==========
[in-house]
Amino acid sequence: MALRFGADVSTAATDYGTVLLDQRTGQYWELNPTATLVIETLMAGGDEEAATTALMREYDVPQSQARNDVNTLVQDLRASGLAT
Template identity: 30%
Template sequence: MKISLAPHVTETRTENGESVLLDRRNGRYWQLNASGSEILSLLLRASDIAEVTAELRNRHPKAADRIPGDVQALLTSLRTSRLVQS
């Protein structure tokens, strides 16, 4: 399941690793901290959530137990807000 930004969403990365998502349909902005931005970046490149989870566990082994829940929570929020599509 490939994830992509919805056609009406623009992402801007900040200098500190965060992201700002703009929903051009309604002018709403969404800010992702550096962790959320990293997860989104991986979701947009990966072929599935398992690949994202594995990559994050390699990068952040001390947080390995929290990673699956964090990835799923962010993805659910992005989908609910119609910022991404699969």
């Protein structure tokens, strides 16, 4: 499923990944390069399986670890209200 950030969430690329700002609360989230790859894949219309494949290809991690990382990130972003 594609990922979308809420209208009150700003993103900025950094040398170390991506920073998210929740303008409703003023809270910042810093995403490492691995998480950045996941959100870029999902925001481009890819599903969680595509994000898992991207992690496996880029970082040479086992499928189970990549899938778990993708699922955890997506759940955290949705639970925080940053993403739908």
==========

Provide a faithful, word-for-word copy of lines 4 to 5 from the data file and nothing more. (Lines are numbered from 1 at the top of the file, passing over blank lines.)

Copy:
Template sequence: MKISLAPHVTETRTENGESVLLDRRNGRYWQLNASGSEILSLLLRASDIAEVTAELRNRHPKAADRIPGDVQALLTSLRTSRLVQS
């Protein structure tokens, strides 16, 4: 399941690793901290959530137990807000 930004969403990365998502349909902005931005970046490149989870566990082994829940929570929020599509 490939994830992509919805056609009406623009992402801007900040200098500190965060992201700002703009929903051009309604002018709403969404800010992702550096962790959320990293997860989104991986979701947009990966072929599935398992690949994202594995990559994050390699990068952040001390947080390995929290990673699956964090990835799923962010993805659910992005989908609910119609910022991404699969």